Food for thought. We’ve been bombarded with messages for at least 20 years about how markets and democracy have triumphed. Central planning is dead. Further we’re constantly told that democracy is “on the march” and totalitarian governments can’t survive. The intellectual descendants of Milton Friedman and Hayek like to assert that markets promote freedom and democracy. But do they really? From Washington’s Blog here’s some stunning comments:
Blackrock is the world’s largest investment manager.
As Wikipedia notes:
BlackRock is the largest g”lobal investment management firm headquartered in New York City. It is one of the most prominent financial institutions in the US. The company acquired Barclays Global Investors in December 2009 under the BlackRock name, making it the largest money manager in the world.
But BlackRock isn’t just the largest money manager … it is also the larges asset manager in the world.
As Wikipeda notes:
As of December 31, 2010, BlackRock’s assets under management total $3.56 trillion across equity, fixed income, alternative investments, real estate, risk management, and advisory strategies. Through BlackRock Solutions, it offers risk management, strategic advisory, and enterprise investment system services to a broad base of clients with portfolios totaling approximately $9 trillion.
So it is stunning that Blackrock’s Chairman and CEO – Larry Fink – said on Bloomberg TV:
“Markets like totalitarian governments.” (see here to watch the video)
Investors can determine whether a nation prospers or starves.
Investors can determine the course of nations, including who gets elected and who gets the boot.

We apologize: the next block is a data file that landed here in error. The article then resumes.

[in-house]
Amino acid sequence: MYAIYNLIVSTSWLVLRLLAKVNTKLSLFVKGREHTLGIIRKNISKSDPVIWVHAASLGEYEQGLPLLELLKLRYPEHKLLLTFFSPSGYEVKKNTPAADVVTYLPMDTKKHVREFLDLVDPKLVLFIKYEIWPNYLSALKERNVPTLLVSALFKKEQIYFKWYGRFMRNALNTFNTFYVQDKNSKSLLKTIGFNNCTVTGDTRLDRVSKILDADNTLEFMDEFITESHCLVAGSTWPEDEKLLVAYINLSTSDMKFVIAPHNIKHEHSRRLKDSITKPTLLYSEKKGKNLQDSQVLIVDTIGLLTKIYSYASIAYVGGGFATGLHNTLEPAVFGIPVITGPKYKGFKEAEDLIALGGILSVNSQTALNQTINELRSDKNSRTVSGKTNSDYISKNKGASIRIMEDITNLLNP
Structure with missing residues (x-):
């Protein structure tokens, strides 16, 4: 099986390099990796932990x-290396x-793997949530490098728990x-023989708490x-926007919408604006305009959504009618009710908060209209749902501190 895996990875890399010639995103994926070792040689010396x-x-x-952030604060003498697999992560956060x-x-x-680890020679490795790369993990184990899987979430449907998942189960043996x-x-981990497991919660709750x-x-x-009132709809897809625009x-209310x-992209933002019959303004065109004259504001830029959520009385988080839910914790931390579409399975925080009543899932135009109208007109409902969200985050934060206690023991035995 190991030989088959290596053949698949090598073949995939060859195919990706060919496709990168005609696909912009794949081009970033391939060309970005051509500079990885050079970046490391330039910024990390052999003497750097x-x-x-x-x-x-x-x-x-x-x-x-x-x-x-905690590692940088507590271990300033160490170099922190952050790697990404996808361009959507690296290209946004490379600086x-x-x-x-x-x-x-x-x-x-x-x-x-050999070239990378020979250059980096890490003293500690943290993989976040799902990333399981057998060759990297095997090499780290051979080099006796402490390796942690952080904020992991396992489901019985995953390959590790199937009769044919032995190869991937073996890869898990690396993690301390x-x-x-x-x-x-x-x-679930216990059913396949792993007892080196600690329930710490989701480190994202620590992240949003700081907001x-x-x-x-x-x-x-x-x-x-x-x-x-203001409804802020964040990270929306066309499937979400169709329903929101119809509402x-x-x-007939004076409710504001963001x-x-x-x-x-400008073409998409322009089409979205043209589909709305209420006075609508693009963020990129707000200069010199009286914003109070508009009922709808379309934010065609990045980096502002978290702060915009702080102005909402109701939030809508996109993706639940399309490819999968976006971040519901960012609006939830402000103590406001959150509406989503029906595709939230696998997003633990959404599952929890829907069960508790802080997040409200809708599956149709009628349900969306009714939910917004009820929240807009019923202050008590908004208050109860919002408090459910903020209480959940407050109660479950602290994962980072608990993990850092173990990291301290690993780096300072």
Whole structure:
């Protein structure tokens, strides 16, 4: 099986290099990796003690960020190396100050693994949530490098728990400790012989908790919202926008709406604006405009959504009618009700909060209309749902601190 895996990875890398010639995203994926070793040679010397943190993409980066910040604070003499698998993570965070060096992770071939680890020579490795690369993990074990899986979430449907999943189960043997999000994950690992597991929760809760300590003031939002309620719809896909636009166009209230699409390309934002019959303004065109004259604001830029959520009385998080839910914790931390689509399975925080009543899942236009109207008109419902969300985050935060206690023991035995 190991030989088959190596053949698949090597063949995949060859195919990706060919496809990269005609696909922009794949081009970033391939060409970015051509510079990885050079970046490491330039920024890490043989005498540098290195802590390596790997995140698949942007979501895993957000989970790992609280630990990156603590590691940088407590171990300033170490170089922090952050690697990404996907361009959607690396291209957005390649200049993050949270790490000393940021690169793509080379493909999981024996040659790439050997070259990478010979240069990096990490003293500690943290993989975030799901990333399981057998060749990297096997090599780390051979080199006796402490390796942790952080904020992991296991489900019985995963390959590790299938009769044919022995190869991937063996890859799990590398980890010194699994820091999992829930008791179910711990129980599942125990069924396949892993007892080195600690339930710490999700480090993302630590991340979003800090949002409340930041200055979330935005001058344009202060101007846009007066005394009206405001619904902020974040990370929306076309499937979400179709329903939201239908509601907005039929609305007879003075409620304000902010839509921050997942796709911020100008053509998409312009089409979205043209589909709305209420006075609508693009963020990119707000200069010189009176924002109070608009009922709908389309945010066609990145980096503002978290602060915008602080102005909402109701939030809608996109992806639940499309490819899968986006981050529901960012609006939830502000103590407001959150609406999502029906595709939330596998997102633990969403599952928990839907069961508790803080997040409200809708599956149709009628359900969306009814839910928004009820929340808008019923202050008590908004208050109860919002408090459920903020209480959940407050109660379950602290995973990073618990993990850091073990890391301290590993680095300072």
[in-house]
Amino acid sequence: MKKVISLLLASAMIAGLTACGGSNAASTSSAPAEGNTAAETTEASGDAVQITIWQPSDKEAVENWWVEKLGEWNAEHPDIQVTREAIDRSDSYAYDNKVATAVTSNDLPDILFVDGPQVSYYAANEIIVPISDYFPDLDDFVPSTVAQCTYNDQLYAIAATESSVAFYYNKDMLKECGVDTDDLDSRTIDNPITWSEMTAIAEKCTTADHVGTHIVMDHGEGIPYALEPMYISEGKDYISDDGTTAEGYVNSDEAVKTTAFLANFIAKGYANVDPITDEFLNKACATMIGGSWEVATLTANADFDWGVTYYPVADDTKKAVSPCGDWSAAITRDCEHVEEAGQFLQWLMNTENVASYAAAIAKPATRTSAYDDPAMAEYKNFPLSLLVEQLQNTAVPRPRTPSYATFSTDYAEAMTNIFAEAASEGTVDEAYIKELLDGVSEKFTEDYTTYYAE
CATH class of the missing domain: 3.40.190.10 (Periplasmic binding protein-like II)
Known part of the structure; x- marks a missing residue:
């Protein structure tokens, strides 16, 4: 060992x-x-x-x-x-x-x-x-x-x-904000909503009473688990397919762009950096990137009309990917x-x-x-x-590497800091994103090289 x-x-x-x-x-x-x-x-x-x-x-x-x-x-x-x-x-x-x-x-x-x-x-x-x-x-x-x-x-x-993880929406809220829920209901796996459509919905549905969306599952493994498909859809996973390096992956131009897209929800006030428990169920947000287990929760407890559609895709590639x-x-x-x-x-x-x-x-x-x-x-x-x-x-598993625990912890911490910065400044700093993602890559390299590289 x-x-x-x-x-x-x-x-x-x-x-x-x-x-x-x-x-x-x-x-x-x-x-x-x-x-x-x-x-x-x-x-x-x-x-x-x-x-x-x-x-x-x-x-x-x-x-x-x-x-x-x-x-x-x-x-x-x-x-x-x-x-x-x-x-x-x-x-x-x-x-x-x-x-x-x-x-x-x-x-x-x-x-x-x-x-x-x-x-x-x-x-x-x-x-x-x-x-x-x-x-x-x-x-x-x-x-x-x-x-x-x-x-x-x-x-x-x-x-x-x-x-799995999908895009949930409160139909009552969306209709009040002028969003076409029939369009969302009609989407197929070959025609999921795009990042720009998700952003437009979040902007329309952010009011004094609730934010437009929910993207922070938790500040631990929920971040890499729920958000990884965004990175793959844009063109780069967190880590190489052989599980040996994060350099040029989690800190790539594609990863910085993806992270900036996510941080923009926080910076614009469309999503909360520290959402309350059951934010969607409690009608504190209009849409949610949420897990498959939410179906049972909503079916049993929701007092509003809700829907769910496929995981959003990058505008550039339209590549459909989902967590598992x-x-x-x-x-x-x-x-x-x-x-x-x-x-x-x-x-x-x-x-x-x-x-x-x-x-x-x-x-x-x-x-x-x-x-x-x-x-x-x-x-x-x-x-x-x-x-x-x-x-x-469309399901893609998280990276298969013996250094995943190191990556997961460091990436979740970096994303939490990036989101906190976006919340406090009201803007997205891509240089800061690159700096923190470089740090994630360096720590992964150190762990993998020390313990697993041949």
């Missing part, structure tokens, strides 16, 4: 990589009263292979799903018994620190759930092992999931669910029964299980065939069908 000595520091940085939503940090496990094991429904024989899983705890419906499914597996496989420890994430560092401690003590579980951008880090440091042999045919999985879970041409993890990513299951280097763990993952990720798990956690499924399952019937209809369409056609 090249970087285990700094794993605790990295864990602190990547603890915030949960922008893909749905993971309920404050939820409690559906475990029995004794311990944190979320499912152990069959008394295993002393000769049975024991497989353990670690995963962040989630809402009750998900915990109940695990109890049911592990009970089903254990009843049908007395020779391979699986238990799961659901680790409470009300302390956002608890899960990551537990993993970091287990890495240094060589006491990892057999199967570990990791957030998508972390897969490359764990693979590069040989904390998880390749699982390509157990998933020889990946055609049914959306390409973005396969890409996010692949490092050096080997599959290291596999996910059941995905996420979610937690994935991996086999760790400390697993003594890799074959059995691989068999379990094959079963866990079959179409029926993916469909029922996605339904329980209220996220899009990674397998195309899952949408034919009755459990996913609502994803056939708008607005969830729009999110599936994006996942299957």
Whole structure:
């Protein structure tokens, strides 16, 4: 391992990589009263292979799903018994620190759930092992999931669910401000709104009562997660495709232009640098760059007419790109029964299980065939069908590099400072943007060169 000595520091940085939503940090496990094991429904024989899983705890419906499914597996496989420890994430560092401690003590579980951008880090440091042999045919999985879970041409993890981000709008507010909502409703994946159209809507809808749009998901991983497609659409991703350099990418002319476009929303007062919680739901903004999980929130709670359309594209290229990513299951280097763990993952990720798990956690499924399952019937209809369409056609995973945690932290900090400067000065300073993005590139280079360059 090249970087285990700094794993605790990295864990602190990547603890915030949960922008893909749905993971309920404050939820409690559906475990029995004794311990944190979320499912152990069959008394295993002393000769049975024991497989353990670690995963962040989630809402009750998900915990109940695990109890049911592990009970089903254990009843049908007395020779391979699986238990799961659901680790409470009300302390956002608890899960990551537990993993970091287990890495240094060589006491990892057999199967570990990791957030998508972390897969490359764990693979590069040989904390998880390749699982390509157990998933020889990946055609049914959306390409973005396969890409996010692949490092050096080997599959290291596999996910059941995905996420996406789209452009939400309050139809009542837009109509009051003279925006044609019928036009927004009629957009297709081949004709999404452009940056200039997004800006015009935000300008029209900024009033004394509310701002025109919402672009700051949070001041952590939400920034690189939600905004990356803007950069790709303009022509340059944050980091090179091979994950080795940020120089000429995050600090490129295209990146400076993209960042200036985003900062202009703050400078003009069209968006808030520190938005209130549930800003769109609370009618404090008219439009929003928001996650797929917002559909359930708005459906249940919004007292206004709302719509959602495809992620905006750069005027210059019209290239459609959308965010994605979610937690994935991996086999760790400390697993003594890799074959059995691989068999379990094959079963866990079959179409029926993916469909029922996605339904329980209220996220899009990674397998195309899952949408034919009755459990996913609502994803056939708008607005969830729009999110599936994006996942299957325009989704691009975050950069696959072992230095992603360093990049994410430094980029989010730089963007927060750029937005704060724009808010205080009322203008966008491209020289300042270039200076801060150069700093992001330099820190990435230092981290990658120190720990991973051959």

No wonder there are so many totalitarian governments in the Middle East, North Africa and around the world.
Because big investors (or at least big asset managers) like totalitarian governments. If they instead preferred democracy, democracy would flourish.
“Markets like totalitarian governments”. It makes sense if by “markets” we really mean the collection of mega-wealthy managers and banks that control much of the world’s finance and money and then trade these paper obligations in the casinos and semi-rigged markets called “stock exchanges”, “funds”, and “banks”. The things that the media refer to when they say “the markets did such and such today”. It makes sense because such “investors” really crave certainty about the future and they abhor risk. Risk means uncertainty. In this sense totalitarian governments are a boon for such investors. Totalitarian governments are more predictable, more amenable to whatever the mega-investors desire, and more controlling. They’re about reducing future uncertainty.
Now the neo-classical/neo-liberal economic response will typically be that, no, markets are only about profit-maximization, not political control. But there’s a hidden assumption in neo-liberal/neo-classical mainstream economics, an assumption for which we lack any evidence that it applies to the real world. They assume that all profit-maximizing efforts are directed towards the profitable sale of more goods and services. For most of us regular folks, getting richer means producing more and more valuable goods and services for the market. But the reality is that for the very elite, very wealthy, it’s not really about how to produce more. First, wealth is relative. They already have most everything they can want in terms of goods and services. It’s now about status and ego. For that, absolute wealth is not important. Relative wealth is. And there’s two ways to increase your relative wealth: make yourself richer, or ensure that others get poorer. The other major objective of these very wealthy is protection of what they’ve got (see here for a description). Either way, whether it’s ensuring a bigger piece of the existing pie or it’s protecting your existing assets, it’s more convenient to have pliable, very powerful government at your beck and call. So, maybe “markets”, if you can call them that, do like totalitarian governments.
Of course, totalitarian governments in real-life tend to be very predictable for long stretches, but the end is always unexpected and unpredicted. Witness recent events in Tunisia, Eqypt, and Libya.